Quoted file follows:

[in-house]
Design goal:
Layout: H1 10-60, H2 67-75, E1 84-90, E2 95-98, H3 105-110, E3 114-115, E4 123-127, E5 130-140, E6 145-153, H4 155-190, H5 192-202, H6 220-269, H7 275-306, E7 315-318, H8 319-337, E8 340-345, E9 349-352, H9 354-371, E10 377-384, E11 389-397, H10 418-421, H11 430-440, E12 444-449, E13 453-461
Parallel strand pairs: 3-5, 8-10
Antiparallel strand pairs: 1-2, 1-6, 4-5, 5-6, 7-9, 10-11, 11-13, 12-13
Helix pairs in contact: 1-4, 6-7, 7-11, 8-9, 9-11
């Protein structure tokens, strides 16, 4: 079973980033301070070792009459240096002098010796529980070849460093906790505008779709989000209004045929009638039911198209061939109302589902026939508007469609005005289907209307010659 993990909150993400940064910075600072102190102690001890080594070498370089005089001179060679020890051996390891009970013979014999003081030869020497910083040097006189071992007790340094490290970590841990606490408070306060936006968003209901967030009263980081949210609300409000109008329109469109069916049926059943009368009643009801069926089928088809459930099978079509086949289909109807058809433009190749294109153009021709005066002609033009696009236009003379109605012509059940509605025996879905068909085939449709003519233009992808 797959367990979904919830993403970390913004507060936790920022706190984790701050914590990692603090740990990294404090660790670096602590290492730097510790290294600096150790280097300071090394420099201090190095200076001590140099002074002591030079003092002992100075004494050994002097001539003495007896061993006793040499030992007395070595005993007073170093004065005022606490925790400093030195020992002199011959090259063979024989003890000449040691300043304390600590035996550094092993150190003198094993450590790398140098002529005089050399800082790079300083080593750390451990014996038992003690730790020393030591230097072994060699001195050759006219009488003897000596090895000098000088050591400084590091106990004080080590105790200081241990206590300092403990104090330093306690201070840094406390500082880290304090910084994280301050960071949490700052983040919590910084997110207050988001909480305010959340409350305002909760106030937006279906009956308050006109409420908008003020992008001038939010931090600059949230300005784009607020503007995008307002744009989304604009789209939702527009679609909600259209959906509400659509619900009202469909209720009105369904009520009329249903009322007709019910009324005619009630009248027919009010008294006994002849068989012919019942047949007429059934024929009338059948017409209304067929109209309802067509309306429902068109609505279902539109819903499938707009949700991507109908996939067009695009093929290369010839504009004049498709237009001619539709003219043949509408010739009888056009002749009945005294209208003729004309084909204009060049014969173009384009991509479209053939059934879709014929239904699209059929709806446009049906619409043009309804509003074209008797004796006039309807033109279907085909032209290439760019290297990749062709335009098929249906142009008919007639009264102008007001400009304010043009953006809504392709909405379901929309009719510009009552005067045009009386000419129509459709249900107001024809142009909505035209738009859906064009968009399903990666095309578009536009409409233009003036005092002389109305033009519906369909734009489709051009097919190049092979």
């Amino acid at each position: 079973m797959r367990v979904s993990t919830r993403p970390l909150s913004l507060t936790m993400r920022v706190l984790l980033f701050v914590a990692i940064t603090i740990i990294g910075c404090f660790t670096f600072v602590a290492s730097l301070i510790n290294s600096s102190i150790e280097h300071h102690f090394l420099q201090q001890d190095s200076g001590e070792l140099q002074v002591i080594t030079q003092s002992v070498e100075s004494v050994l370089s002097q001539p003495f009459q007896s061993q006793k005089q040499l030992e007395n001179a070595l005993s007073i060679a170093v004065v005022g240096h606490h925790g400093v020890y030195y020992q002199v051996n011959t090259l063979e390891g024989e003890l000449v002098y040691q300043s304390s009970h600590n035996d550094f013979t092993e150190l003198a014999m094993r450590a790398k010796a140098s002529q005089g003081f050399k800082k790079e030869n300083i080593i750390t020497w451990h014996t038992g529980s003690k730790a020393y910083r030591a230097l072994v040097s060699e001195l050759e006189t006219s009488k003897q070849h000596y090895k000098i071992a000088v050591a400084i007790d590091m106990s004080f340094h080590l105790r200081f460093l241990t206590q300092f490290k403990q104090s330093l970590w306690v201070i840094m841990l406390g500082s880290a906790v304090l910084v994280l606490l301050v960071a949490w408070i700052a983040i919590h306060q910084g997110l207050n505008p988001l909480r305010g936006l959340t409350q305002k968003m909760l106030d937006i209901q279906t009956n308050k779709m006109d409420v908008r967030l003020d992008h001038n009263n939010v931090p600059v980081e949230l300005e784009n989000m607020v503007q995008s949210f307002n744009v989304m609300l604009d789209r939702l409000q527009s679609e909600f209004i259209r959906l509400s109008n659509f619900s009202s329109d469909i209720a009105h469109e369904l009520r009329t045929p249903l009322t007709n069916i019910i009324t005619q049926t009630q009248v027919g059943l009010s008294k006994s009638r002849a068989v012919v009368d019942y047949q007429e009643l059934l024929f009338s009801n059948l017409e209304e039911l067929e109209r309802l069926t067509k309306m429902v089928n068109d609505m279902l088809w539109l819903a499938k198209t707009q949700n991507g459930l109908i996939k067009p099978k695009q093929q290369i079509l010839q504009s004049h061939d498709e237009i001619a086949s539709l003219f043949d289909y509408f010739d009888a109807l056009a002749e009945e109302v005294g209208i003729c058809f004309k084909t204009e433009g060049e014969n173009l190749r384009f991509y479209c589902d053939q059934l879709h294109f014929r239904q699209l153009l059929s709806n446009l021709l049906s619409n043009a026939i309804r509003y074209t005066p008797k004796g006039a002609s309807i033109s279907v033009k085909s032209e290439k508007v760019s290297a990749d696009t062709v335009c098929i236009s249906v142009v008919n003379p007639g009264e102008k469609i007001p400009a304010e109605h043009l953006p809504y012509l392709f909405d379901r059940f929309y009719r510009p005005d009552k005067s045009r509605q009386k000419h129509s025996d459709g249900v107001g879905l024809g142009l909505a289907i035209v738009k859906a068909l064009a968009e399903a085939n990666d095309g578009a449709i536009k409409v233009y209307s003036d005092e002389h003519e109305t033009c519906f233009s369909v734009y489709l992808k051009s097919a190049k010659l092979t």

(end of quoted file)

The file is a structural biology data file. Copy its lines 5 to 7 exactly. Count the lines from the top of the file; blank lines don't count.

Antiparallel strand pairs: 1-2, 1-6, 4-5, 5-6, 7-9, 10-11, 11-13, 12-13
Helix pairs in contact: 1-4, 6-7, 7-11, 8-9, 9-11
């Protein structure tokens, strides 16, 4: 079973980033301070070792009459240096002098010796529980070849460093906790505008779709989000209004045929009638039911198209061939109302589902026939508007469609005005289907209307010659 993990909150993400940064910075600072102190102690001890080594070498370089005089001179060679020890051996390891009970013979014999003081030869020497910083040097006189071992007790340094490290970590841990606490408070306060936006968003209901967030009263980081949210609300409000109008329109469109069916049926059943009368009643009801069926089928088809459930099978079509086949289909109807058809433009190749294109153009021709005066002609033009696009236009003379109605012509059940509605025996879905068909085939449709003519233009992808 797959367990979904919830993403970390913004507060936790920022706190984790701050914590990692603090740990990294404090660790670096602590290492730097510790290294600096150790280097300071090394420099201090190095200076001590140099002074002591030079003092002992100075004494050994002097001539003495007896061993006793040499030992007395070595005993007073170093004065005022606490925790400093030195020992002199011959090259063979024989003890000449040691300043304390600590035996550094092993150190003198094993450590790398140098002529005089050399800082790079300083080593750390451990014996038992003690730790020393030591230097072994060699001195050759006219009488003897000596090895000098000088050591400084590091106990004080080590105790200081241990206590300092403990104090330093306690201070840094406390500082880290304090910084994280301050960071949490700052983040919590910084997110207050988001909480305010959340409350305002909760106030937006279906009956308050006109409420908008003020992008001038939010931090600059949230300005784009607020503007995008307002744009989304604009789209939702527009679609909600259209959906509400659509619900009202469909209720009105369904009520009329249903009322007709019910009324005619009630009248027919009010008294006994002849068989012919019942047949007429059934024929009338059948017409209304067929109209309802067509309306429902068109609505279902539109819903499938707009949700991507109908996939067009695009093929290369010839504009004049498709237009001619539709003219043949509408010739009888056009002749009945005294209208003729004309084909204009060049014969173009384009991509479209053939059934879709014929239904699209059929709806446009049906619409043009309804509003074209008797004796006039309807033109279907085909032209290439760019290297990749062709335009098929249906142009008919007639009264102008007001400009304010043009953006809504392709909405379901929309009719510009009552005067045009009386000419129509459709249900107001024809142009909505035209738009859906064009968009399903990666095309578009536009409409233009003036005092002389109305033009519906369909734009489709051009097919190049092979």